Fed Rate Cuts Could Be Just What Doctor Ordered for EM ETFs

Emerging markets equities and the related ETFs have long been responsive to Federal Reserve decisions on U.S. interest rates. This indicates that if the central pares rates this year, some upside could be in store for those long-lagging assets.

The MSCI Emerging Markets Index is up more than 2% year-to-date. There are inklings that developing world equities are pricing in Fed easing. That could signal to investors that it’s time to be selective with emerging markets ETFs – an objective accomplished with the KraneShares Dynamic Emerging Markets Strategy ETF (KEM).

As an actively managed fund of funds with allocations to the KraneShares MSCI All China Index ETF (KALL) and the KraneShares MSCI Emerging Markets ex China Index ETF (KEMX), KEM could be ideally positioned to benefit from lower interest rates in the U.S.

History on KEM’s Side

KEM turns a year old in August, so it hasn’t been around for a true easing cycle. Additionally, it missed most of the prior tightening cycle. However, the history of emerging markets stocks following the end of U.S. rate tightening could prove meaningful as it pertains to the KraneShares ETF.

“Since 1988, EM equities have delivered positive performance 24 months after the last Fed rate hike in four of the past five Fed rate cycles. On average, returns have been solid at 29%, representing an average outperformance over developed markets of 17 percentage points,” according to JPMorgan Asset Management.

As the asset manager points out, fundamentals matter when it comes to emerging markets equities, but U.S. interest rate policy can have an outsized impact on this asset class. While rate cuts could benefit KEM and the stocks held by its component funds, the ETF doesn’t necessarily need rate cuts to thrive. Rather, if it becomes clear that the Fed has no plans to raise rates to quash inflation, the upside could accrue to emerging markets equities.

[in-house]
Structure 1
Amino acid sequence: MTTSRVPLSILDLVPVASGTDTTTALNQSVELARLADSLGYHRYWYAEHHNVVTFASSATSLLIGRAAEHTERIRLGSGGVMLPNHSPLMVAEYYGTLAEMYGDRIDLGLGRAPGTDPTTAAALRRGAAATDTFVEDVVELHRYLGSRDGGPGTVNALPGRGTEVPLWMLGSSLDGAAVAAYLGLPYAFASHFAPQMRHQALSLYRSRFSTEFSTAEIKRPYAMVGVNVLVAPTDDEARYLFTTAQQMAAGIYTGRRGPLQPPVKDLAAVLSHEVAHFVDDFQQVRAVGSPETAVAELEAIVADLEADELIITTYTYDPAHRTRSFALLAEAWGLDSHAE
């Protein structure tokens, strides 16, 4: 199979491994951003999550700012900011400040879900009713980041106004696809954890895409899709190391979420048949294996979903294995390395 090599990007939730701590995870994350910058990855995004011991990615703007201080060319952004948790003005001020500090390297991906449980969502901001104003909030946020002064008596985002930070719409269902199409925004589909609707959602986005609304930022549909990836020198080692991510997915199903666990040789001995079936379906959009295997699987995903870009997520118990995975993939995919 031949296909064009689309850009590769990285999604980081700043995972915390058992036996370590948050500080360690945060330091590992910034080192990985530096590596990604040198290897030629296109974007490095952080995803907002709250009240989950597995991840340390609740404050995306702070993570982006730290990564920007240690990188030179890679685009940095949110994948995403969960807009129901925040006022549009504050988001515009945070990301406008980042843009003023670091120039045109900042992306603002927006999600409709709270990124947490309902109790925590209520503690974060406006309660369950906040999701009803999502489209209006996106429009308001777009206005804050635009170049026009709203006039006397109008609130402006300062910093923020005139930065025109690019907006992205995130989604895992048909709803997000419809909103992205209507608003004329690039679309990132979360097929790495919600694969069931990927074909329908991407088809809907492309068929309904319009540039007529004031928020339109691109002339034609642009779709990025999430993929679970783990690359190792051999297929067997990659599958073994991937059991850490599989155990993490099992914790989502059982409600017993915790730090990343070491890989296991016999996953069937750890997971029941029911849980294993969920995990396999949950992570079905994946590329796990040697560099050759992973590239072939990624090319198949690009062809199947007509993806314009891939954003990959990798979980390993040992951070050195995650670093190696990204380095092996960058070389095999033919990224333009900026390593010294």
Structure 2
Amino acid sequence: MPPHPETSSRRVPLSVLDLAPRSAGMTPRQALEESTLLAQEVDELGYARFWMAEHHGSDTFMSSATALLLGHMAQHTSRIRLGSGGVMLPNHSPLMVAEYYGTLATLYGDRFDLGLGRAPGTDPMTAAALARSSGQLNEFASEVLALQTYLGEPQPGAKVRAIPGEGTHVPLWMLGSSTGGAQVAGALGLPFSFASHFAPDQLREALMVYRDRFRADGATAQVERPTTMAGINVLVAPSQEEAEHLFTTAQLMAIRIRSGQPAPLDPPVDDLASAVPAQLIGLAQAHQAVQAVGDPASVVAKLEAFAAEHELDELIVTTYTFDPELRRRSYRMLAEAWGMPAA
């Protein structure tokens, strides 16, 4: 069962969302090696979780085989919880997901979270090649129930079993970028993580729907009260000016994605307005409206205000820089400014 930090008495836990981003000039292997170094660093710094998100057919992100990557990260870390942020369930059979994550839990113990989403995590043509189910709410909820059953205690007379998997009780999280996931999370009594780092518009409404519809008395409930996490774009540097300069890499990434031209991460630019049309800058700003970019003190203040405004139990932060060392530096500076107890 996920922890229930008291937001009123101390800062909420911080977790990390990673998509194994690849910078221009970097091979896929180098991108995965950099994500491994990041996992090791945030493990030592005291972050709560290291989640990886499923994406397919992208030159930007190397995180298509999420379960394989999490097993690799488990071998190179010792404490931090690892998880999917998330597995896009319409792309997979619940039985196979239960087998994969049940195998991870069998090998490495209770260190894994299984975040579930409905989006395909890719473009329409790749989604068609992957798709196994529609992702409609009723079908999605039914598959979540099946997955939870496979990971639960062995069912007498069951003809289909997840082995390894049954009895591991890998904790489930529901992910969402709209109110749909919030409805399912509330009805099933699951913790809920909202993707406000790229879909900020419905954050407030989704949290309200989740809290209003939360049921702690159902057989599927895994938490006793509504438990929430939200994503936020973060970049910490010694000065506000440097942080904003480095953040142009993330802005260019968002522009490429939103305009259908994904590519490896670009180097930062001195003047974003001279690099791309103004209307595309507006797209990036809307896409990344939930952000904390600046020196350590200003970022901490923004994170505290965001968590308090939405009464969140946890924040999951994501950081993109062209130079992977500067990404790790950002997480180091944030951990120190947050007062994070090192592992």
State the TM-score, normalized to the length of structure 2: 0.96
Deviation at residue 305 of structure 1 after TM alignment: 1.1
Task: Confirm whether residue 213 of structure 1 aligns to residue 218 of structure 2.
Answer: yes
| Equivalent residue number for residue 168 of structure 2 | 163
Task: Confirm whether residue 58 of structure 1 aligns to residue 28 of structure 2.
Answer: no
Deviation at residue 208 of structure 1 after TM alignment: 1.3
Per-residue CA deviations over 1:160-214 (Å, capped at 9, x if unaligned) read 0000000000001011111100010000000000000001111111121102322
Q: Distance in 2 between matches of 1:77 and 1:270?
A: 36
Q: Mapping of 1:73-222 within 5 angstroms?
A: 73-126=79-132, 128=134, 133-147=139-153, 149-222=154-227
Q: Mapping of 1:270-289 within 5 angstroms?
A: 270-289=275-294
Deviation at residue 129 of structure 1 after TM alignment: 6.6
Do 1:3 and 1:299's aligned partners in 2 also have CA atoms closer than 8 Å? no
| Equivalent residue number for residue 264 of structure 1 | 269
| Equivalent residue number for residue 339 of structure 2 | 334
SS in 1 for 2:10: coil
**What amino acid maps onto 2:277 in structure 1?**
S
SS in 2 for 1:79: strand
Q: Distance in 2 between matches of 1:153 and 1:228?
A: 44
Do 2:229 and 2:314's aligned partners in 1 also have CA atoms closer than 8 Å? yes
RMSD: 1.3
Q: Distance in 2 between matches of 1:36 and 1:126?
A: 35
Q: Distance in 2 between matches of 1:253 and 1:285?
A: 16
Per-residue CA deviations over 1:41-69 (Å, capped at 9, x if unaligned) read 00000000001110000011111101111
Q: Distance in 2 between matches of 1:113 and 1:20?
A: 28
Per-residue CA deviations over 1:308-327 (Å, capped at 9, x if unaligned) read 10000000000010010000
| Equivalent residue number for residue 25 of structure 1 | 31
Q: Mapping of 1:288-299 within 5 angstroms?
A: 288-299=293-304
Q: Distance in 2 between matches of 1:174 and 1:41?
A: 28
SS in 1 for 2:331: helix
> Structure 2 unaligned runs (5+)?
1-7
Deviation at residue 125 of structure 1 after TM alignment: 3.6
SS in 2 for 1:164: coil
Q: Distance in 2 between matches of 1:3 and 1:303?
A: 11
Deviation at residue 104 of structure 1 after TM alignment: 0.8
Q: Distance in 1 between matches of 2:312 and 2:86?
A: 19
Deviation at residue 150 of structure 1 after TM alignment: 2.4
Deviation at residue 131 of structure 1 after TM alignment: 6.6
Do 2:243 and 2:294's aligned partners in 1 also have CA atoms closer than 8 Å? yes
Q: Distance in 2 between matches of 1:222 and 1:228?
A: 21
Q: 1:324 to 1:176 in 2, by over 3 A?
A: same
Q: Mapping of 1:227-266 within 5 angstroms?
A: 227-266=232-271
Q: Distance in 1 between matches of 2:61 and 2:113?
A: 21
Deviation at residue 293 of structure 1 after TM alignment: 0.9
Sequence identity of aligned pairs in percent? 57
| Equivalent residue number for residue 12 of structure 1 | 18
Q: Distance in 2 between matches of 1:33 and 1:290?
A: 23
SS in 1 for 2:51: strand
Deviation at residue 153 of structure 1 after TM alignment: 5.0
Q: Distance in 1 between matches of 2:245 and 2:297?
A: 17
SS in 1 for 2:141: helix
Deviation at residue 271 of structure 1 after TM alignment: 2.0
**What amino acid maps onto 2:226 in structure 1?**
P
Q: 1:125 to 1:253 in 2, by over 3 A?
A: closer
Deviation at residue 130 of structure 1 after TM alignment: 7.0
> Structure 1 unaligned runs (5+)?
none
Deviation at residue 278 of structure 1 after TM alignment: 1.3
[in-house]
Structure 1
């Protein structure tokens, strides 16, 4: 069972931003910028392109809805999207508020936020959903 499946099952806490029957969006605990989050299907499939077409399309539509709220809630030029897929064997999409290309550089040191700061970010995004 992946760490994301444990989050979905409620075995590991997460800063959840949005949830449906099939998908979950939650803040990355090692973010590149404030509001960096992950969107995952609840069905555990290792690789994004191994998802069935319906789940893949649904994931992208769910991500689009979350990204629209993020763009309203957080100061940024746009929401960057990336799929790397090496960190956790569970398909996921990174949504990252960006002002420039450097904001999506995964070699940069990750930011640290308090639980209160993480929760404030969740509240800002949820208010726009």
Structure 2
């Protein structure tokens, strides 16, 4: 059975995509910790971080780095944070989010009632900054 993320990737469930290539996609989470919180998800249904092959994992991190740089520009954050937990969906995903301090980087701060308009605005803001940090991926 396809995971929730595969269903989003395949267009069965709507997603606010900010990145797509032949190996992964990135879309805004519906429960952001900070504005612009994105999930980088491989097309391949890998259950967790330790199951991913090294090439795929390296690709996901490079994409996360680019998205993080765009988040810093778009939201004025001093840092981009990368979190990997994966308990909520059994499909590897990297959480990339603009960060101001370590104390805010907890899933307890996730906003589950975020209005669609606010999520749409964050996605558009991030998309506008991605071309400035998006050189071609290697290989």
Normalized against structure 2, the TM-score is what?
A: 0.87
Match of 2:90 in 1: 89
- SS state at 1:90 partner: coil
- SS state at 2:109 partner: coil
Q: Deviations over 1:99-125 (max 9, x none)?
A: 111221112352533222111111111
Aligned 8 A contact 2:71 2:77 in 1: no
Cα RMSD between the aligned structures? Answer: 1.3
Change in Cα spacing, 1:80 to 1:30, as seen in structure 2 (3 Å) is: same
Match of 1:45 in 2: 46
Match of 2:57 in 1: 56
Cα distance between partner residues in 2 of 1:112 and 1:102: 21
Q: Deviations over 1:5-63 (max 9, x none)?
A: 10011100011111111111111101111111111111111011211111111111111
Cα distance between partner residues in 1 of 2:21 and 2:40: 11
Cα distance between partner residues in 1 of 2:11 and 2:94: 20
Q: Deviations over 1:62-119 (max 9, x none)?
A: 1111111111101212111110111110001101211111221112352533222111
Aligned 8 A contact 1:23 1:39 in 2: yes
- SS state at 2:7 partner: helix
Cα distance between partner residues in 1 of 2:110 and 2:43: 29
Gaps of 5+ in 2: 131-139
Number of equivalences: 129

Interestingly, KEM’s nearly 45% allocation to the aforementioned KEMX could prove especially beneficial against the backdrops of no further hikes or rate reductions because some ex-China developing world stocks prove responsive to those trends.

“It has been key to differentiate China from the rest of EM, as China has been experiencing challenges unique to its market. Since the Fed’s December meeting (when the end of the rate hiking cycle was confirmed), EM excluding China has moved up 9.7% rather than 6.8% for the broad EM index. Going forward, investors should continue to hone in on the pockets of EM where positive structural tailwinds also exist,” concluded JPMorgan.

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